Growing up Black in Nazi Germany - Esther Anumu Fordham
Interview of Esther Anumu Fordham (1925-2019).
The most striking part of this story is her description of daily life during the Third Reich and then during the war in Europe (1939-1945). Her account reminds me of the way my own grandmother talks about her family's time during the war, although my grandmother lived in Paris, France while Esther lived in Hamburg, Germany.
It wasn't fun, but for many people, the early years of the war were still some kind of normal. What i mean is that movies don't tell these stories because there aren't enough guns and explosions in them. The stories of everyday life.
As the war drags on, things get progressively worse and cities in Germany get destroyed, homes are obliterated, and people take the road to find food and shelter. But even then, Esther's family is taken in by families in Bavaria, and people try to work together despite the circumstances.
Equally striking is that Esther's experience of racism becomes much more vivid once she marries an American and moves to the US in 1947. It's extraordinary that a black person who grew up in Nazi Germany felt like she was treated worse in the United States, where black people are treated as subhuman by default, just like jews and slavs were treated as subhuman in Nazi Germany.
Don't get me wrong, no Nazi would ever have accepted black people as equal to them, because discrimination was at the center of Nazi ideology - an obsessive amount of time spent trying to "classify"... everything and determine who is "better".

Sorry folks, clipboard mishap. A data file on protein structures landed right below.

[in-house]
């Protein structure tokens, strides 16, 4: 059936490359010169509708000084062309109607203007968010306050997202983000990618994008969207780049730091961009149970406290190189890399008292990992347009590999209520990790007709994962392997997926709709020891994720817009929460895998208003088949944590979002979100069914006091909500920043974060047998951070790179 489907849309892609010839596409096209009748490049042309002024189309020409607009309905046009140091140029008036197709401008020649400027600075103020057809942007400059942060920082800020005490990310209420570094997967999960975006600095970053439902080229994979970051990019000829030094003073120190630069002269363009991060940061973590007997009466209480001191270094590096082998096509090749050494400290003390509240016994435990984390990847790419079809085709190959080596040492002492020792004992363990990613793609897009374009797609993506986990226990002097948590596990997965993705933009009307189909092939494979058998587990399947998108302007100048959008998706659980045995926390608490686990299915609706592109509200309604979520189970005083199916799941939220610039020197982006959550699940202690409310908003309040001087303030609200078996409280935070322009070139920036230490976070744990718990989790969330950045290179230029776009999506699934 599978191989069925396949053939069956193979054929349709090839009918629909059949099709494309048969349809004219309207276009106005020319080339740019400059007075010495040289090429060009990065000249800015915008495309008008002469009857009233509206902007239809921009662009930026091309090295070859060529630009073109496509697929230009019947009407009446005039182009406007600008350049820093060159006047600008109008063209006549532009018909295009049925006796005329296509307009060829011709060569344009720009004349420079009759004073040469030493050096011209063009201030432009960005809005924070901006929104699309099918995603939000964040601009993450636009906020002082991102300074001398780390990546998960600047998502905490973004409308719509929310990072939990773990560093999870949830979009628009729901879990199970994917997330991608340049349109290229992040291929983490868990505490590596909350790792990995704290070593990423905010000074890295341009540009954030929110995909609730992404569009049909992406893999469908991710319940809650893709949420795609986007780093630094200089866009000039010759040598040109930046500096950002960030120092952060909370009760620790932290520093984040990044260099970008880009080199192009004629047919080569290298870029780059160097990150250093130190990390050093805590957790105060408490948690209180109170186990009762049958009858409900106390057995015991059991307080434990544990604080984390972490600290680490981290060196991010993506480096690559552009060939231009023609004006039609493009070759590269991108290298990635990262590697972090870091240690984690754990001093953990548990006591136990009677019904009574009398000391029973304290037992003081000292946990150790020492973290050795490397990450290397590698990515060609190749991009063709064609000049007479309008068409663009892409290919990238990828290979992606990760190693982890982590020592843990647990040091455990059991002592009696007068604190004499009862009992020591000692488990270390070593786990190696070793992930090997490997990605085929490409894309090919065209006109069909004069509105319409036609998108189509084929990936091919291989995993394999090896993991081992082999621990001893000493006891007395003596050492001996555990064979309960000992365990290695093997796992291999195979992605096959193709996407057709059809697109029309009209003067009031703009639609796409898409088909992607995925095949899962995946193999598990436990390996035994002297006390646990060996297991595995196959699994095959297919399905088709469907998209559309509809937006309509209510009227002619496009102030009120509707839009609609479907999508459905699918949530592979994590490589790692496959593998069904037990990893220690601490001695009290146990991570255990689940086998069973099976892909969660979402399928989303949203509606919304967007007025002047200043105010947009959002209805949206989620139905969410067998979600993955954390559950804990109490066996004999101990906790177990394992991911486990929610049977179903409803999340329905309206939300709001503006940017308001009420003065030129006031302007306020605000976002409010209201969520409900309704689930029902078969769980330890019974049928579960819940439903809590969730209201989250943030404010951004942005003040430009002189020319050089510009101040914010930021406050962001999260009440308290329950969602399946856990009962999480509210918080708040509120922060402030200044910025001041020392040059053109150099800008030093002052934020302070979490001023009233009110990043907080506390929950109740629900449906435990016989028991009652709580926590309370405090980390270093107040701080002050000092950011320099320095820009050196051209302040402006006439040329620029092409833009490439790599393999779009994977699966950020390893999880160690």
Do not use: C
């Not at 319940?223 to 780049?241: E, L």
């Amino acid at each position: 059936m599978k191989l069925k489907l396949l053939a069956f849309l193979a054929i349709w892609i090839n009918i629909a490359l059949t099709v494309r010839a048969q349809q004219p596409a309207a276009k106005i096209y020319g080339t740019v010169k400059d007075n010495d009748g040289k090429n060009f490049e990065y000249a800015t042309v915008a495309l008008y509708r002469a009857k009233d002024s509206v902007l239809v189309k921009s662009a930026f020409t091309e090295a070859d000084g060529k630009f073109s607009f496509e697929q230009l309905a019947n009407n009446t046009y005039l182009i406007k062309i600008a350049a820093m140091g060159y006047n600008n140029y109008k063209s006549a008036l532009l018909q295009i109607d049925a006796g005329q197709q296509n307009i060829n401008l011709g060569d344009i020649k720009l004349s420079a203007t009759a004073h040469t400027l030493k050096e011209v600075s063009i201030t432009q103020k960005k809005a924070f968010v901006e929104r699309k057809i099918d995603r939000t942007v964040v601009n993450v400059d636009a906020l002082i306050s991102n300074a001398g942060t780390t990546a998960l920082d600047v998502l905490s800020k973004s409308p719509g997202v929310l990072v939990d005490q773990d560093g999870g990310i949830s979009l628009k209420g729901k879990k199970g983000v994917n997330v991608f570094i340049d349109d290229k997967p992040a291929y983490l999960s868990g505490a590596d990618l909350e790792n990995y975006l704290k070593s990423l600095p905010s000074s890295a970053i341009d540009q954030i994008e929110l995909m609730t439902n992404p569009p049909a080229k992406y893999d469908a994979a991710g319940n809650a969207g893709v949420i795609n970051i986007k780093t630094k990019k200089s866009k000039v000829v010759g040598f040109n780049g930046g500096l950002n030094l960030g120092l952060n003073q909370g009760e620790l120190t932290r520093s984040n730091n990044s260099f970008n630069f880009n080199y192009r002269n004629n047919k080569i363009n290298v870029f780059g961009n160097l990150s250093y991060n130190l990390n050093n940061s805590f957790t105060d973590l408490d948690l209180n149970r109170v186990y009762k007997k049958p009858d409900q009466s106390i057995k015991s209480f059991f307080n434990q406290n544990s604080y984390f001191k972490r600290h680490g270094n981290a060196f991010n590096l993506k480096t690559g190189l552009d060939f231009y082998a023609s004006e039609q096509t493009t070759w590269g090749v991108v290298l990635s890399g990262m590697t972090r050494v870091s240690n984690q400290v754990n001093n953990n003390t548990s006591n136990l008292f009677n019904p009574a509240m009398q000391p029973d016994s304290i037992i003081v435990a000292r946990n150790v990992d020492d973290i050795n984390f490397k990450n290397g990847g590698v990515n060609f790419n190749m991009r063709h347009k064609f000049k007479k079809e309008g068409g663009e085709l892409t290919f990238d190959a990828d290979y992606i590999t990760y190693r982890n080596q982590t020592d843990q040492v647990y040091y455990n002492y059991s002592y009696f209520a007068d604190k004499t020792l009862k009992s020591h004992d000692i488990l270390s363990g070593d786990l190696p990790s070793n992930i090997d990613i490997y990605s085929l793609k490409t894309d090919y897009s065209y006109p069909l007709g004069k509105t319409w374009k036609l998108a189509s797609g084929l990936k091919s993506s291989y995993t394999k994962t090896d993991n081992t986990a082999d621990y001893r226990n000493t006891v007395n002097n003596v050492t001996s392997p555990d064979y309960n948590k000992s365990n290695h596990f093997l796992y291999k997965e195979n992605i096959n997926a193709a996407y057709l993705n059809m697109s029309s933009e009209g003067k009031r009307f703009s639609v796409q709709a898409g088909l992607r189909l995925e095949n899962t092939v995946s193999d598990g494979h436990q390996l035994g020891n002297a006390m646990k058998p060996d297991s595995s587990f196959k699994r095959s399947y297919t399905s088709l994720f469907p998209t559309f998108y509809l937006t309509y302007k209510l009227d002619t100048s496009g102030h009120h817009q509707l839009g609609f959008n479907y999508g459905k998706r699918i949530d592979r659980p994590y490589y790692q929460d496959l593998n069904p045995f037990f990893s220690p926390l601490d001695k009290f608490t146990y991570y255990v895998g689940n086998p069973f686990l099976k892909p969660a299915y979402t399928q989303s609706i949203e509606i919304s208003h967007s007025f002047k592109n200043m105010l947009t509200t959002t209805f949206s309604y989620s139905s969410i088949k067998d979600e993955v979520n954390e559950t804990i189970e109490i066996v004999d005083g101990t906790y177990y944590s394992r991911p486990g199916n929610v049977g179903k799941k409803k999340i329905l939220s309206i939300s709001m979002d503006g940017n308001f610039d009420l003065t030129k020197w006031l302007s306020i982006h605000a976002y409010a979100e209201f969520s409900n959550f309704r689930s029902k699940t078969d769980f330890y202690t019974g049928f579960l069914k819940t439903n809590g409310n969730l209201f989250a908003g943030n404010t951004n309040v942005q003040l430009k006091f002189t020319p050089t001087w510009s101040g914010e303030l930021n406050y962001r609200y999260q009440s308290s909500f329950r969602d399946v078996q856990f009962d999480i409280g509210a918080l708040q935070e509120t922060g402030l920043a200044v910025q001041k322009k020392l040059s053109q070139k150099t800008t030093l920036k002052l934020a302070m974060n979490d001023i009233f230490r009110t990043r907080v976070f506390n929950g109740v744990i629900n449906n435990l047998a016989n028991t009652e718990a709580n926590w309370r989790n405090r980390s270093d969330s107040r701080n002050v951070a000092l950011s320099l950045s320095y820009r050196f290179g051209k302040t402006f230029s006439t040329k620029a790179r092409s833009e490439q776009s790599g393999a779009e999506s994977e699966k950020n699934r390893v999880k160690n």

But still, for her to say "I never felt comfortable in this country" (talking about the US)... should really makes us pause as Americans.
Watching this interview makes you think a lot about the way small cultural differences degenerate into enormous worldwide problems and conflicts, even though the vast majority of humans isn't extreme in the way they see life, with people mostly trying to get by and make the most of things.
Esther Fordham was a Black woman who, born October 9, 1925 in Hamburg, Germany, came of age during the Nazi era. In this December, 1995 conversation with artist Frank Fitzgerald, Esther discusses her youth, schooling and the reaction of classmates and adult Germans to her specialness. As world conditions darken and war grows to become the norm, she finds discrimination, fear, sorrow and horror, but also generosity and hope.
After the bombings cease, amid the rubble Esther meets and marries an American soldier. Giving birth in an Army hospital, she wonders why she has a whole maternity ward to herself. Later, living in America, she slowly learns about prejudice, segregation and lynchings.
Throughout all, Esther Anumu Fordham strives to see "people as human beings" and succeeds.
In 1997, after having raised a family and worked 20+ years for an airline, Esther retired and returned to Germany. She lived to be 94 years old.
Family photographs courtesy of Esther Fordham and Dominique Seidler Warias.